Craven Gets Flashed XXIII
At his shop above the Village Tavern Freddie Moynihan pounded the wood floor with the heel of his shoe.
“Quiet down there! I’m trying to listen to Bing Crosby on the radio! Ah, why do I bother? Pennies From Hell is what he should be singing. Dwayne? You okay in there? I’ll be right in with the brush.”
“I need more bubbles, Freddie, and a shower cap. I don’t wanna get my hair wet.”
After he coaxed Dwayne Dobbins down from the carousal pony with a bacon omelette Freddie thought the boy looked a little rough behind the ears and so he offered him a bath.
“A little lower,” said Dwayne. “Ahhh, that’s nice. I must say it’s awful nice of you to run me a bath. My ma don’t ever run my bath anymore. She says it’s because she don’t want me smelling too clean in case some young floozie comes along and tries to steal me away from my duties at the Coffee Pot on the Corner. If that happened we wouldn’t be able to pay the rent and we’d be walking the street with the two of us smelling none too sweet. So far her plan is working. The girls that come into the Coffee Pot mostly hold their noses and poke me with a fork if I happen to get to close. That’s why Steve’s been keeping me in the kitchen washing dishes when I ain’t out delivering food orders to the denizens of Gotham. You see how I used that word Gotham? It’s a good detective novel word I stole from a Batman comic book. Which reminds me that I gotta get that comic back to a certain gumshoe mentor of mine. Hey! Gumshoe! That’s another good word for the book. I gotta start writing this stuff down, Mr. Moynihan. Maybe when I’m done with my bath I can borrow a pencil and some paper and get started while we’re waiting for Sergeant Dowd.”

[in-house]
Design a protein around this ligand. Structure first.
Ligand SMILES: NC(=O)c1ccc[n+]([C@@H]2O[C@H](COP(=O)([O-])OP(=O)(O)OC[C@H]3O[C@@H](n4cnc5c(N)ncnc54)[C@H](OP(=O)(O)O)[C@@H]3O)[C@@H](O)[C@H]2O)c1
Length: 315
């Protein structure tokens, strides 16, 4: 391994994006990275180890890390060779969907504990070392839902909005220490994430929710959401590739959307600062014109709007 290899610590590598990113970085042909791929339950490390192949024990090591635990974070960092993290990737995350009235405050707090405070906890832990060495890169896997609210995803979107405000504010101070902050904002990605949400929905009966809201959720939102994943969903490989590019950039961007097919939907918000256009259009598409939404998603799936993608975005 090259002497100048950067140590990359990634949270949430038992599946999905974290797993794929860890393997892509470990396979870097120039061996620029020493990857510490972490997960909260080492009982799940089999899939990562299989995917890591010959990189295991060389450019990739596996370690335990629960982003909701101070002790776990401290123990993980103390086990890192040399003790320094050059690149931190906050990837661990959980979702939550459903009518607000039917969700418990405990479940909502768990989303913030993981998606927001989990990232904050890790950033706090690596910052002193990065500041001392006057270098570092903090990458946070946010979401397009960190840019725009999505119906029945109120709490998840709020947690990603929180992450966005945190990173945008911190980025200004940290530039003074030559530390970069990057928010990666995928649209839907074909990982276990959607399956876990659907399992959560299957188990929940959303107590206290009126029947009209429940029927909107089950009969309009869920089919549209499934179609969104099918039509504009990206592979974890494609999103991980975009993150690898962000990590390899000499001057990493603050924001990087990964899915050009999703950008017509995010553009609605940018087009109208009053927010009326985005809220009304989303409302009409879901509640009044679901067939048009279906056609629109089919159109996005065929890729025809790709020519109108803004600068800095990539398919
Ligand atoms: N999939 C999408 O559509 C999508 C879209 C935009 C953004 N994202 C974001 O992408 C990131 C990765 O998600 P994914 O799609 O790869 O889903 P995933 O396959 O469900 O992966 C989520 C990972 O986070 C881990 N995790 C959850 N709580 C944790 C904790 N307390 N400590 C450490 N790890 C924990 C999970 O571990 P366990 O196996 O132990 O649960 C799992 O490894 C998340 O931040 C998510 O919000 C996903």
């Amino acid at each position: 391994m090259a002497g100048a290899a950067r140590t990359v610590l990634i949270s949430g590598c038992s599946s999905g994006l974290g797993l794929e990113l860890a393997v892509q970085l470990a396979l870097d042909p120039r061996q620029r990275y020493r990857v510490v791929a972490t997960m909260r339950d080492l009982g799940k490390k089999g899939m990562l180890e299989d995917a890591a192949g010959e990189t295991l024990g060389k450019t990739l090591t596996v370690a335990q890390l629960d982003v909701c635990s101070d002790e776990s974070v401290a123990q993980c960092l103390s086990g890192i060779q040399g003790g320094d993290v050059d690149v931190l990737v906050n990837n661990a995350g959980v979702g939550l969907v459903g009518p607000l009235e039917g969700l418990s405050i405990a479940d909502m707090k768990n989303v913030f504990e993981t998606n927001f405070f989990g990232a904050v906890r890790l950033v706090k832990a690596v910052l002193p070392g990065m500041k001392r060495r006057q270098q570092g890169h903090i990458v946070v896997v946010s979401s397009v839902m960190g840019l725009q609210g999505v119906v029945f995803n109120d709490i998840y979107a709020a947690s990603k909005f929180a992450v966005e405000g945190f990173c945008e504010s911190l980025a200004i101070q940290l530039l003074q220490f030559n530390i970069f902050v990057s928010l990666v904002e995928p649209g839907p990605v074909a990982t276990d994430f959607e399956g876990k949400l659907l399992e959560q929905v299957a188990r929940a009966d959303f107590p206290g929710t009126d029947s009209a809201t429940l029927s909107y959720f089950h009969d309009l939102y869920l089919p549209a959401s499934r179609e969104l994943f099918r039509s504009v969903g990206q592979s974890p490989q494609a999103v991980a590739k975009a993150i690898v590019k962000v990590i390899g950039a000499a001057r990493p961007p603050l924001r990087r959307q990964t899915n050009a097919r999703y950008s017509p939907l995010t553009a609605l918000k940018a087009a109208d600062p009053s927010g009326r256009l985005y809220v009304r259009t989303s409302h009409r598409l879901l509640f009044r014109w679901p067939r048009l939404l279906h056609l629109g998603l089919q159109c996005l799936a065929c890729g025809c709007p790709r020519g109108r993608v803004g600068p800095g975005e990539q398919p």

“You're killing me with your demands, kid,” said Freddie. “But if you prefer, I’ll let you use my typewriter.”
“Boy, you sure are an awful nice kidnapper, Mr. Moynihan. And I’m gonna write all about it, too. You don’t know it but a private detective named Craven Danger has been teaching me every which way of the gumshoe trade. So when I write my crime novels they’ll ring true. And to think I can start it all right here. Before tonight these novels have only been racin’ around in my head. I feel like a slow ticking time-bomb that’s ready to explode! My fingers have been itching for a typewriter for the longest time. This is fate I tell ya. Fate!”
“I tell you what, kid. I’ll lay a shelf across the tub and you can type here in the bathroom. I do some of my best thinking in here.”
“If I didn’t know any better — and some tell me I don’t — I’d swear I died and and was sent to the nicest heaven a concrete jungle has to offer. Thank you from the bottom of my ever-so-clean heart. And if it’s not too much trouble can ya toss in a fedora with bathwater? It’ll give me inspiration.”
“My pleasure, Dwayne.”
After he set-up Dwayne’s writing table on the tub, Freddie sat back in his easy chair, poured himself three fingers of vodka, and turned up the volume on the radio.
That kid could talk the laces off a pair of shoes.
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